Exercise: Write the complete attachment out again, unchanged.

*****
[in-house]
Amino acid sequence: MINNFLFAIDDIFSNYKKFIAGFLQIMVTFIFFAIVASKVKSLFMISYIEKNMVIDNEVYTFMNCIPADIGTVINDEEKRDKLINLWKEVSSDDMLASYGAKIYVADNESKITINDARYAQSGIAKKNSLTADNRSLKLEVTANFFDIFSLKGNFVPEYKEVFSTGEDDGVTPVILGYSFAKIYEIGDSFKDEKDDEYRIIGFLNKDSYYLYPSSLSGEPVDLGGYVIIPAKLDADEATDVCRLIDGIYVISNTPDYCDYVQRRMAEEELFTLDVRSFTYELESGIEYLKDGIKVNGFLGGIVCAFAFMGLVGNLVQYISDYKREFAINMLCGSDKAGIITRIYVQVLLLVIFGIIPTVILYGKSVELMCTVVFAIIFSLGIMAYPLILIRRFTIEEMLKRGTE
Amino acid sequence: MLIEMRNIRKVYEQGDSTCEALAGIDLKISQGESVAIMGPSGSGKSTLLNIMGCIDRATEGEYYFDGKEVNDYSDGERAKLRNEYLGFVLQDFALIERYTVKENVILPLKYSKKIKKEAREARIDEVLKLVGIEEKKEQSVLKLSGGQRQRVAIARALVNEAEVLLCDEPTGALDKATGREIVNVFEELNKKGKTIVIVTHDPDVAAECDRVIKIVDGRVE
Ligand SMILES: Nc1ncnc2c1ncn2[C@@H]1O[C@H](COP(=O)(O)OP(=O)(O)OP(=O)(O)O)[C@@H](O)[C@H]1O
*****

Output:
[in-house]
Amino acid sequence: MINNFLFAIDDIFSNYKKFIAGFLQIMVTFIFFAIVASKVKSLFMISYIEKNMVIDNEVYTFMNCIPADIGTVINDEEKRDKLINLWKEVSSDDMLASYGAKIYVADNESKITINDARYAQSGIAKKNSLTADNRSLKLEVTANFFDIFSLKGNFVPEYKEVFSTGEDDGVTPVILGYSFAKIYEIGDSFKDEKDDEYRIIGFLNKDSYYLYPSSLSGEPVDLGGYVIIPAKLDADEATDVCRLIDGIYVISNTPDYCDYVQRRMAEEELFTLDVRSFTYELESGIEYLKDGIKVNGFLGGIVCAFAFMGLVGNLVQYISDYKREFAINMLCGSDKAGIITRIYVQVLLLVIFGIIPTVILYGKSVELMCTVVFAIIFSLGIMAYPLILIRRFTIEEMLKRGTE
Amino acid sequence: MLIEMRNIRKVYEQGDSTCEALAGIDLKISQGESVAIMGPSGSGKSTLLNIMGCIDRATEGEYYFDGKEVNDYSDGERAKLRNEYLGFVLQDFALIERYTVKENVILPLKYSKKIKKEAREARIDEVLKLVGIEEKKEQSVLKLSGGQRQRVAIARALVNEAEVLLCDEPTGALDKATGREIVNVFEELNKKGKTIVIVTHDPDVAAECDRVIKIVDGRVE
Ligand SMILES: Nc1ncnc2c1ncn2[C@@H]1O[C@H](COP(=O)(O)OP(=O)(O)OP(=O)(O)O)[C@@H](O)[C@H]1O